Georgia: 33 years old, 6 months after stroke, Broca’s aphasia and apraxia, 6 week session
- At the beginning , she said a few single words and short automatic phrases (“I don’t know”) due to severe apraxia.
- She had an Ipad and Iphone that she could use almost independently to answer questions
- She rarely tried to speak, wanting to use her phone instead
- She wanted to return to work soon and speak in sentences
This client was a good candidate for intensive therapy because of age, relatively good understanding, able to easily use technology, supportive family and friends, and the most important part of all—motivation to improve.
Goal: Say 15+ different 1-3 words/phrases
- We started with key functional words/phrases such as “diet coke”, “water”, “bathroom”, “hungry”, “please”, etc.
- Halfway through, she was consistently saying more than 15 unique, single words in a session
- She said several 2-4 word utterances with assistance (e.g., “help me, please”)
- By the end of the program, she spoke spontaneously 50-80% of the time
- In social conversations, she said 1-3 words independently, allowing quicker responses and a natural conversational rhythm.
Goal 2: Sequence (pronounce) 1-3 syllables words/phrases clearly and accurately
- At the beginning , she repeated simple one and two-syllable words accurately (nose, snowball),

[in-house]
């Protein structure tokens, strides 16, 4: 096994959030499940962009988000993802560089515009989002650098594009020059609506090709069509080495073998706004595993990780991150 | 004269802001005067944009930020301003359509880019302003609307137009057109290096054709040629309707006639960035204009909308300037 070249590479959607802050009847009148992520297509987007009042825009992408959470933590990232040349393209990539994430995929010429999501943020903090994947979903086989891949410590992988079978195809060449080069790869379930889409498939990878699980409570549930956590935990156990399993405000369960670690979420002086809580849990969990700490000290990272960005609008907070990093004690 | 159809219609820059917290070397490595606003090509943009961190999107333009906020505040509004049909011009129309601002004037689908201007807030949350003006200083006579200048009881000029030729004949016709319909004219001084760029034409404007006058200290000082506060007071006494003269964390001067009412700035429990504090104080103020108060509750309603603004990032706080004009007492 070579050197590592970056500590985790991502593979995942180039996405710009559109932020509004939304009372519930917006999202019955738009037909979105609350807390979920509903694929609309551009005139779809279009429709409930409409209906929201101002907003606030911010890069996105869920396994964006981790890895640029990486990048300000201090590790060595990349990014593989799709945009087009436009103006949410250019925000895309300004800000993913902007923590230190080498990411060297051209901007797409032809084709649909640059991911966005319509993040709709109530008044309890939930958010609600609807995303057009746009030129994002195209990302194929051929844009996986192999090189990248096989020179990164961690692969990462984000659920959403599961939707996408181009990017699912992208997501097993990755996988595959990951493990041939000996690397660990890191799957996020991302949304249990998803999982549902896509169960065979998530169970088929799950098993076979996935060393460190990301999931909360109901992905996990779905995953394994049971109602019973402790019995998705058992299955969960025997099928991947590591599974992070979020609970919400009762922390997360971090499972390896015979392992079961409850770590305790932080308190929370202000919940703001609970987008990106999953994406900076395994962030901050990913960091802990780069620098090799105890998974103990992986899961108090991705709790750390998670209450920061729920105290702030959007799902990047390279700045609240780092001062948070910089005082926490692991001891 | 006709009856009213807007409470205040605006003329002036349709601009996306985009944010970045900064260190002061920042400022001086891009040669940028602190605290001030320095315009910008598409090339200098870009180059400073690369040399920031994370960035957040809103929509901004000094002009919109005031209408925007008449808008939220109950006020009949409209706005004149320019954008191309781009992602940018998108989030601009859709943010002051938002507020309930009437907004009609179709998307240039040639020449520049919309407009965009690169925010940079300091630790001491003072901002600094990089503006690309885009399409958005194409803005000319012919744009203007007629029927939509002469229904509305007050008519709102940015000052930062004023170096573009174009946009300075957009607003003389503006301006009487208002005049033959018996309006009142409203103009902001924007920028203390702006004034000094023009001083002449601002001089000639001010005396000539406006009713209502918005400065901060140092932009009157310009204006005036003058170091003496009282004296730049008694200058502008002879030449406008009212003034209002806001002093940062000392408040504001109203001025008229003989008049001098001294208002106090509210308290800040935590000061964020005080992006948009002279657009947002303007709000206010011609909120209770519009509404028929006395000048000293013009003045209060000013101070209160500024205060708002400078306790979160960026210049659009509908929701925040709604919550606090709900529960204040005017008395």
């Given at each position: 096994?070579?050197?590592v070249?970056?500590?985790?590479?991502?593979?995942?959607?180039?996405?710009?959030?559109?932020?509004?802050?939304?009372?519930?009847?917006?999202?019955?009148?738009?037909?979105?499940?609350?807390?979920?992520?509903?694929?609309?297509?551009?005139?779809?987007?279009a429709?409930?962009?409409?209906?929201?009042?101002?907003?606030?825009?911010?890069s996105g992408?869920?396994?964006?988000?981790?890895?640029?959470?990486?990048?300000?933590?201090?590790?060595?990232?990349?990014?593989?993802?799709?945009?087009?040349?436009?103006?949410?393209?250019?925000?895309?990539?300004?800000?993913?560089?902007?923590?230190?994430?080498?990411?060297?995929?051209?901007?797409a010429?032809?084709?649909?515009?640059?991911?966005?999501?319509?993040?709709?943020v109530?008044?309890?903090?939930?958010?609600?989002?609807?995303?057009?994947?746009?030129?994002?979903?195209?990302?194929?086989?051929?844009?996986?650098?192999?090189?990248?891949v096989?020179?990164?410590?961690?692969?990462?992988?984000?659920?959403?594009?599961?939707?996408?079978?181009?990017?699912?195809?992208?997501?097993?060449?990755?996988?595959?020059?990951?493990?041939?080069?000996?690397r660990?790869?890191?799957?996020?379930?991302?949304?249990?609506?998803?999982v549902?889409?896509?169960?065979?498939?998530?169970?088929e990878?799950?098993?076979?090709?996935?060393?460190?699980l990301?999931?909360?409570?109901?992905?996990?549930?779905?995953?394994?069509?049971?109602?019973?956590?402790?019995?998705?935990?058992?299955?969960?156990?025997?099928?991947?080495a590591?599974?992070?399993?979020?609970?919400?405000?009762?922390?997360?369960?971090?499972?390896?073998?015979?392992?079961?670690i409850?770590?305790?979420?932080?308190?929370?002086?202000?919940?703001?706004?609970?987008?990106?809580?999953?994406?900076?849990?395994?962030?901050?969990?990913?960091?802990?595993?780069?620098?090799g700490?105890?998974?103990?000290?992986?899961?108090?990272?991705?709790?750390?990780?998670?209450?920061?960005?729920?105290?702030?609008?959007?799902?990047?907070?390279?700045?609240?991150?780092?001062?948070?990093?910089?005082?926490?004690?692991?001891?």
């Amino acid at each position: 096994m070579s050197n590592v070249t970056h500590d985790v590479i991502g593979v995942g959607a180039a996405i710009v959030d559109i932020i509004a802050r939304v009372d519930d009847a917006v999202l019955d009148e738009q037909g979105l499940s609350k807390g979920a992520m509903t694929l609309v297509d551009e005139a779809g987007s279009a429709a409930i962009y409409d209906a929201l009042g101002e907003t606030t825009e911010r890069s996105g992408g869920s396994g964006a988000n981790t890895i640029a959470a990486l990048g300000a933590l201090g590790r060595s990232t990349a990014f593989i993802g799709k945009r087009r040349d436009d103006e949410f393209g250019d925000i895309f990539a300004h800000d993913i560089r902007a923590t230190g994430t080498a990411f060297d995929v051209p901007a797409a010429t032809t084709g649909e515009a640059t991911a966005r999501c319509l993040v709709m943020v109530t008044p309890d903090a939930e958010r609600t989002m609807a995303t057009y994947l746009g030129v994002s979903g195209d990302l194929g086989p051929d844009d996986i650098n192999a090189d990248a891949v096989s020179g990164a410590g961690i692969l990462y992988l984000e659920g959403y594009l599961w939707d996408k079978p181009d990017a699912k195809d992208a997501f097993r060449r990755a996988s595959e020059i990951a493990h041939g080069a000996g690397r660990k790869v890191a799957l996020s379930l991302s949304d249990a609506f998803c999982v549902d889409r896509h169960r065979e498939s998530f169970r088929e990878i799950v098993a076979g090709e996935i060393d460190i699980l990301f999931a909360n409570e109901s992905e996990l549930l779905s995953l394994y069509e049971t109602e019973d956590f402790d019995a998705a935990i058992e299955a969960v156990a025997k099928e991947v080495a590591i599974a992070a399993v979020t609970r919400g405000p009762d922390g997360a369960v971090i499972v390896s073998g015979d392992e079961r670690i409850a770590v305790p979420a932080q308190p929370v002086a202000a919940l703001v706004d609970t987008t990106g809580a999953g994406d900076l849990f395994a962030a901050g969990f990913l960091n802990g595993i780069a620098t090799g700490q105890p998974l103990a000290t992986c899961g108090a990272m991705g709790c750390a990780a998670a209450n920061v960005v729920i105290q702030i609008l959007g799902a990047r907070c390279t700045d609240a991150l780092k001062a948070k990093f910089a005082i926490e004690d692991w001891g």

- Speech was difficult to understand for longer words/phrases due to her apraxia of speech.
- By the second week , Georgia said 2-3 syllable words with 94% accuracy
- At the final week, she said 1-3 words at a time independently or with little assistance.
Her aphasia test score for speaking, understanding and repeating went from 32 to 45.7, a gain of 13.7 points. Her reading comprehension score went up 55%, and her caregiver rated improvements from 19%-46% in the areas of getting attention, recalling and saying names of people, and in participating in a group discussion about herself.
Summary of Treatment
- To increase speaking independence, we worked directly on her apraxia.
- This client did a fairly good job of writing down the word that she couldn’t say during conversation, but needed help to then say it.
- With apraxia, the first sound of a word is usually the most difficult to do without looking at someone else saying it first.
Georgia returned to The Aphasia Center for another 4 weeks 2 weeks later to continue her treatment.